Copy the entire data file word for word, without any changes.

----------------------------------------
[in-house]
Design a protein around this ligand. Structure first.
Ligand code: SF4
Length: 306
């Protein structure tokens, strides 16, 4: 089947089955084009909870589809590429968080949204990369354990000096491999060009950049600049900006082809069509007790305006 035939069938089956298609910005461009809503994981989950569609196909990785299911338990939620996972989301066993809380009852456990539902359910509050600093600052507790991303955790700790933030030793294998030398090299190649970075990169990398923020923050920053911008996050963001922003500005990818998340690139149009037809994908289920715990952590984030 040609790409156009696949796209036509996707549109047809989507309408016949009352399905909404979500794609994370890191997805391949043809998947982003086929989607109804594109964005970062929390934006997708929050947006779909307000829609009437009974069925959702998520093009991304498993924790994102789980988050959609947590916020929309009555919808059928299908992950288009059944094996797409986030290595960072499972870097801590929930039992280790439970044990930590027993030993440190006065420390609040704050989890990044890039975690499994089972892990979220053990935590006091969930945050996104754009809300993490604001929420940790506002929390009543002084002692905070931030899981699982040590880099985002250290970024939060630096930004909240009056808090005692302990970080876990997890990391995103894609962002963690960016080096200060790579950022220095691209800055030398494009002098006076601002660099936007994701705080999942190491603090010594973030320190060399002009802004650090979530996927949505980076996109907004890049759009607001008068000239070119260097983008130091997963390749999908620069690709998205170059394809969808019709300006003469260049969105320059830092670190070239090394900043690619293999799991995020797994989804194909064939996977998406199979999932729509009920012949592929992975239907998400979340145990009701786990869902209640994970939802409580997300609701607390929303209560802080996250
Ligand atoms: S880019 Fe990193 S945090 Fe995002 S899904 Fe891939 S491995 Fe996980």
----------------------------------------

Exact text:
[in-house]
Design a protein around this ligand. Structure first.
Ligand code: SF4
Length: 306
């Protein structure tokens, strides 16, 4: 089947089955084009909870589809590429968080949204990369354990000096491999060009950049600049900006082809069509007790305006 035939069938089956298609910005461009809503994981989950569609196909990785299911338990939620996972989301066993809380009852456990539902359910509050600093600052507790991303955790700790933030030793294998030398090299190649970075990169990398923020923050920053911008996050963001922003500005990818998340690139149009037809994908289920715990952590984030 040609790409156009696949796209036509996707549109047809989507309408016949009352399905909404979500794609994370890191997805391949043809998947982003086929989607109804594109964005970062929390934006997708929050947006779909307000829609009437009974069925959702998520093009991304498993924790994102789980988050959609947590916020929309009555919808059928299908992950288009059944094996797409986030290595960072499972870097801590929930039992280790439970044990930590027993030993440190006065420390609040704050989890990044890039975690499994089972892990979220053990935590006091969930945050996104754009809300993490604001929420940790506002929390009543002084002692905070931030899981699982040590880099985002250290970024939060630096930004909240009056808090005692302990970080876990997890990391995103894609962002963690960016080096200060790579950022220095691209800055030398494009002098006076601002660099936007994701705080999942190491603090010594973030320190060399002009802004650090979530996927949505980076996109907004890049759009607001008068000239070119260097983008130091997963390749999908620069690709998205170059394809969808019709300006003469260049969105320059830092670190070239090394900043690619293999799991995020797994989804194909064939996977998406199979999932729509009920012949592929992975239907998400979340145990009701786990869902209640994970939802409580997300609701607390929303209560802080996250
Ligand atoms: S880019 Fe990193 S945090 Fe995002 S899904 Fe891939 S491995 Fe996980």